Researchers have found a link between thyroid cancer and certain pesticides in a new study highlighting concerns about how exposure affects human health. Study authors from the University of California, Los Angeles, reviewed more than 2,000 thyroid cancer cases and found an association between pesticide exposure and the disease. Researchers found a link between thyroid cancer and ten pesticides, including paraquat dichloride and glyphosate. These are two of the most common weed killers worldwide, and they’ve already been linked to other serious health conditions. The companies that manufacture paraquat and glyphosate products are embroiled in thousands of lawsuits from people who allege that herbicide exposure made them sick.
Paraquat is an organic chemical that is commonly used as a commercial herbicide. It’s highly effective and relatively inexpensive, which makes it an ideal choice for farmers and agricultural producers. It isn’t available to the general public, and only licensed applicators are allowed to use the pesticide. These applicators must complete EPA-approved training and wear protective equipment. Even with these precautions, paraquat is very dangerous. One sip is enough to kill; prolonged exposure has been connected to heart failure, reproductive problems, and Parkinson’s disease.
Parkinson’s disease is a movement disorder caused by nerve cell breakdown. Common symptoms are uncontrollable tremors, stiffness while walking, and depression. It is a degenerative condition, which means that it worsens over time. Within ten years of a diagnosis, patients usually have serious health problems. Some are unable to walk or stand, while others have dementia. Paraquat manufacturer Syngenta has faced numerous paraquat lawsuits from plaintiffs diagnosed with Parkinson’s after paraquat exposure.
Glyphosate is the active ingredient in Roundup, the most popular weed killer in the world. The agricultural company Monsanto introduced the herbicide to the market in 1974. By 2016, an estimated 287 million pounds were sprayed on U.S. crops. Roundup is economical and widely marketed to gardeners and farmers who need to kill broadleaf weeds and grasses, and it’s available on the shelves of most home improvement stores. It’s also been connected to certain types of cancer.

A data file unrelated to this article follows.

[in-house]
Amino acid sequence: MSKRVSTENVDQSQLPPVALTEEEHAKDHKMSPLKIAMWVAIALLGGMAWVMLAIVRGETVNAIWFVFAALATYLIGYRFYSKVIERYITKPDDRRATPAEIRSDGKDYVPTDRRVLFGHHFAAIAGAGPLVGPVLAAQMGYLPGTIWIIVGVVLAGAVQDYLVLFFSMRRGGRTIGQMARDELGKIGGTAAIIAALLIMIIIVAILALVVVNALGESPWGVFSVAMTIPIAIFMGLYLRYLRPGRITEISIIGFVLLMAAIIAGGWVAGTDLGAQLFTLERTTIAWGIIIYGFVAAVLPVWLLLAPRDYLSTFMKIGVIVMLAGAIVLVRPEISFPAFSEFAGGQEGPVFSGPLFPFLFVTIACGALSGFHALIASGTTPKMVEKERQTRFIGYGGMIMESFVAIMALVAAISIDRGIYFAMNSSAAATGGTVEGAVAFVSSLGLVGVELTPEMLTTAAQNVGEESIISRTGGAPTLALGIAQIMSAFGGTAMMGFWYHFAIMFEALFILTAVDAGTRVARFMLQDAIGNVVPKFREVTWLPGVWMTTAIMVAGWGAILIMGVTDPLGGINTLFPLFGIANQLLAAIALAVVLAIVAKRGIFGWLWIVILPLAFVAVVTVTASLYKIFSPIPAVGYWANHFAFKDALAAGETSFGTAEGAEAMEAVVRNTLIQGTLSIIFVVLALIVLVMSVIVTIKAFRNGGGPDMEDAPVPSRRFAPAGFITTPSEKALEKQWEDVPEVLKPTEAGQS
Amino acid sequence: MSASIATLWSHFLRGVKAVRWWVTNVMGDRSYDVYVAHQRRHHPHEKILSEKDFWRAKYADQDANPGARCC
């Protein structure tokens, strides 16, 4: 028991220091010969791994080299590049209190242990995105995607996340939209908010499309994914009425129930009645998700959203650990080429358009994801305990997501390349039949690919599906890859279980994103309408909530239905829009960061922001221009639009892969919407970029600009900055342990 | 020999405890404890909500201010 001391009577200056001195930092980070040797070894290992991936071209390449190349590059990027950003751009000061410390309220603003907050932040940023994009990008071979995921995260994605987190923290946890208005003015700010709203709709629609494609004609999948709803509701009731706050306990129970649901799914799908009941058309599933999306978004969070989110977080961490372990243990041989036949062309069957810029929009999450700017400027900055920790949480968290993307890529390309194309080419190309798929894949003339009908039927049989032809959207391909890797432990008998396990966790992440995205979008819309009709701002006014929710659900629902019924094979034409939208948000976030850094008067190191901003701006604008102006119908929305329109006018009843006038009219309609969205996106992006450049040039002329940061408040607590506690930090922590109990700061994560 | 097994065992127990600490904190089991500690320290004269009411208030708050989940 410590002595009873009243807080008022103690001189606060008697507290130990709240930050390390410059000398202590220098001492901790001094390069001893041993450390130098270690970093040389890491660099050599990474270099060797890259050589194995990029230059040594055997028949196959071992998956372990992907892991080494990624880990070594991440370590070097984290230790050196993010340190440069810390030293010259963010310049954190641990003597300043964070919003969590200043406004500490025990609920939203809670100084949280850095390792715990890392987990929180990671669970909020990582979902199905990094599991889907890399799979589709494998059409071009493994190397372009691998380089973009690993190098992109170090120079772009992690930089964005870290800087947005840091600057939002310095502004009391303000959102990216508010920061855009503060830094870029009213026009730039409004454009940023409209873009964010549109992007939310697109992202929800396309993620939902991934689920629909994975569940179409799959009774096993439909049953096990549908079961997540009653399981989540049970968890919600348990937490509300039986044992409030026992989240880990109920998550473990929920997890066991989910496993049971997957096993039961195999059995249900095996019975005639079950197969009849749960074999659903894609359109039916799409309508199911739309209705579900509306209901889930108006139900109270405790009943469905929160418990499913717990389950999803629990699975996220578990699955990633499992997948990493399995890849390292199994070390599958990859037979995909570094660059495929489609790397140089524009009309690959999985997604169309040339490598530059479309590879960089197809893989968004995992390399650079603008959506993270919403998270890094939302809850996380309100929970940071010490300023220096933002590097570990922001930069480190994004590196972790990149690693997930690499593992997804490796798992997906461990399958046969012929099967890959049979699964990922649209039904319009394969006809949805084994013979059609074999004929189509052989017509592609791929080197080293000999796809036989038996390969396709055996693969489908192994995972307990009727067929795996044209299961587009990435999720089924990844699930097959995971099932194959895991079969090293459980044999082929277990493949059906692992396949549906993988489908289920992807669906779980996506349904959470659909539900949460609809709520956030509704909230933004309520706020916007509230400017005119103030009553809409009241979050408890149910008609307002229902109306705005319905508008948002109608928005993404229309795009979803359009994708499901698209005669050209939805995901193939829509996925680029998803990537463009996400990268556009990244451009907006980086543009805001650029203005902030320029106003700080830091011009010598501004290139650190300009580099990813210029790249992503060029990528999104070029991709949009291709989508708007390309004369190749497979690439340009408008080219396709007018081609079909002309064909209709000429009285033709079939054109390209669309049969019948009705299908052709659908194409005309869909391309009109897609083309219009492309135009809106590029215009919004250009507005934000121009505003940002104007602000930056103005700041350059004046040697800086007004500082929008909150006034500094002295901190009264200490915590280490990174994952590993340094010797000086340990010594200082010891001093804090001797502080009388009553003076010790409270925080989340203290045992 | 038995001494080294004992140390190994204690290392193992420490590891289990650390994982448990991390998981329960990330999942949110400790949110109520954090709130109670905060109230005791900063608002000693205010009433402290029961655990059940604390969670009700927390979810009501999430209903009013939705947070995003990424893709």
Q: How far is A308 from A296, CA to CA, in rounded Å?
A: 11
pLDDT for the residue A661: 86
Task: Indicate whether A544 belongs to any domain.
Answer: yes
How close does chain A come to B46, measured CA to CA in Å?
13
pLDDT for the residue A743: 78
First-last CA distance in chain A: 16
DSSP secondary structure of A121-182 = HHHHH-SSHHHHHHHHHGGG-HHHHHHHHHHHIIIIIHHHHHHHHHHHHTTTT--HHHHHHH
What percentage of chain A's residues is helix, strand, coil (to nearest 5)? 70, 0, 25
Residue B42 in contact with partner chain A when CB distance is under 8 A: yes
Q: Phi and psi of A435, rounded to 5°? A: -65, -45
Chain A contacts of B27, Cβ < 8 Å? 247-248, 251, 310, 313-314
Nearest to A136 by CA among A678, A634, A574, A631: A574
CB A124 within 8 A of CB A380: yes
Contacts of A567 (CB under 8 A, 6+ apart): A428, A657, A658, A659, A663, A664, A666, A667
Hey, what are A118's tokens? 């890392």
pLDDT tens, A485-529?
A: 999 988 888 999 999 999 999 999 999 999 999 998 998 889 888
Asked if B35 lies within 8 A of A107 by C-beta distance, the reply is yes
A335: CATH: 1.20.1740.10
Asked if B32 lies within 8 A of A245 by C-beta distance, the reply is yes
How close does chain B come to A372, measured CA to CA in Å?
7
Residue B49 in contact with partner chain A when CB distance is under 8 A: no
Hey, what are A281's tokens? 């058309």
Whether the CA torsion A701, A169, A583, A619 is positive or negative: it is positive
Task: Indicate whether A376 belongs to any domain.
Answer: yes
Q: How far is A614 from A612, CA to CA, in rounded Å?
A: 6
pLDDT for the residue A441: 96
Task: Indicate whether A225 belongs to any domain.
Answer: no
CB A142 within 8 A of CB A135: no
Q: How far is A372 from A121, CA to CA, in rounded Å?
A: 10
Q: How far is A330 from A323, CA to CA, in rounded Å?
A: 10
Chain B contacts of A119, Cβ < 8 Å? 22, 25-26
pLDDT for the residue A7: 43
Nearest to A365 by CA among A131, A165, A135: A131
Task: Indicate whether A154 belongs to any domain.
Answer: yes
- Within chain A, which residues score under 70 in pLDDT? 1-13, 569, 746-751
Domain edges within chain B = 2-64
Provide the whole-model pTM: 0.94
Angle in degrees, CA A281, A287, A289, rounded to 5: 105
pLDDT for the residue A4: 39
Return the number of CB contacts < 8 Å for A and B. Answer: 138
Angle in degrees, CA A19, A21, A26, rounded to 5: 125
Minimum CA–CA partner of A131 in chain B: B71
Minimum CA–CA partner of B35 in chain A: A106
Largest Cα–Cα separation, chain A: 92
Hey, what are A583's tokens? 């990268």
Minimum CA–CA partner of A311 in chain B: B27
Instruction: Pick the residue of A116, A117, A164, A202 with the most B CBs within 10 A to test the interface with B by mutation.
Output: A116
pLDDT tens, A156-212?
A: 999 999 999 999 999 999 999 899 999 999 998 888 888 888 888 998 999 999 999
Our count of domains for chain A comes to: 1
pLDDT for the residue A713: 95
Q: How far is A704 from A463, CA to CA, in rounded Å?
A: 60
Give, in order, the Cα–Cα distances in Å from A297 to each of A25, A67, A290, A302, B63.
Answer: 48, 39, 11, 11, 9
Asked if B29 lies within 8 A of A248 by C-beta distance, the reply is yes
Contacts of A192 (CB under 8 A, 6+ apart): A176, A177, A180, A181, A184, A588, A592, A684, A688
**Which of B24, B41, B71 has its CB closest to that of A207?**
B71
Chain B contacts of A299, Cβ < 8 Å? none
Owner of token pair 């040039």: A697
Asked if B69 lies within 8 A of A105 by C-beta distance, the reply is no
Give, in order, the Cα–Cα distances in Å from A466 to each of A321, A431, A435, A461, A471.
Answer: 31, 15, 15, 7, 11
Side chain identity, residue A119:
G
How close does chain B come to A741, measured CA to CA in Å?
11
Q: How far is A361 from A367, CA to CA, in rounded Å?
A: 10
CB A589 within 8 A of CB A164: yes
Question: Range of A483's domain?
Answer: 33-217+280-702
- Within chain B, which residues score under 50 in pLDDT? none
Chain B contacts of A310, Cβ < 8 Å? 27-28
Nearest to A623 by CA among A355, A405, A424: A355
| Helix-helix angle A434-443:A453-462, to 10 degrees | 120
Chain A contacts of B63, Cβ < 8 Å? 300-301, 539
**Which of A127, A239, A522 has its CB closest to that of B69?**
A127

In 2015, the International Agency for Research on Cancer (IARC) classified glyphosate as “probably” carcinogenic to humans. Other researchers later disputed the finding after reports that the IARC ignored conflicting evidence, but other studies have linked Roundup to non-Hodgkin’s lymphoma. Thousands of people have since sued Bayer. (The pharmaceutical company acquired Monsanto in 2018 and inherited its Roundup litigation.) Plaintiffs allege that Monsanto failed to warn about the potential risks of Roundup use. Bayer plans to stop selling Roundup for residential use in 2023.
Paraquat and Roundup Lawsuits
Plaintiffs have seen significant victories from the lawsuits against pesticide manufacturers. Bayer set aside up to $10.9 billion to resolve Roundup lawsuits two years ago and has paid sizable settlements to cancer patients. One California couple who developed non-Hodgkin’s lymphoma after Roundup exposure won $86.7 million, while a former school groundskeeper with terminal cancer received $20.5 million. Bayer appealed these verdicts to the U.S. Supreme Court but ultimately didn’t prevail. The pharmaceutical company has had better luck recently, winning its last five Roundup jury trials.
Paraquat litigation has been consolidated into multidistrict litigation (MDL). MDLs are often used in dangerous drug and defective product cases when plaintiffs were affected similarly. All claims are transferred to one court and presided over by the same judge, making settling cases more efficient. Multidistrict litigation involves test cases, called bellwether trials, to let all parties know how future litigation might pan out. The first paraquat bellwether trial is slated for late 2022.
Will Thyroid Cancer Findings Impact Litigation?
The UCLA study is the first to provide evidence that pesticide exposure could increase thyroid cancer, which has important implications for thyroid cancer patients. These findings may help set the grounds for people diagnosed with thyroid cancer after pesticide exposure to sue the manufacturers who didn’t warn them about cancer risk. The study authors say additional research is needed, but the evidence presented could clear a path for future lawsuits against Bayer and Syngenta. Thyroid cancer patients with a history of pesticide use should contact an attorney to discuss potential legal options.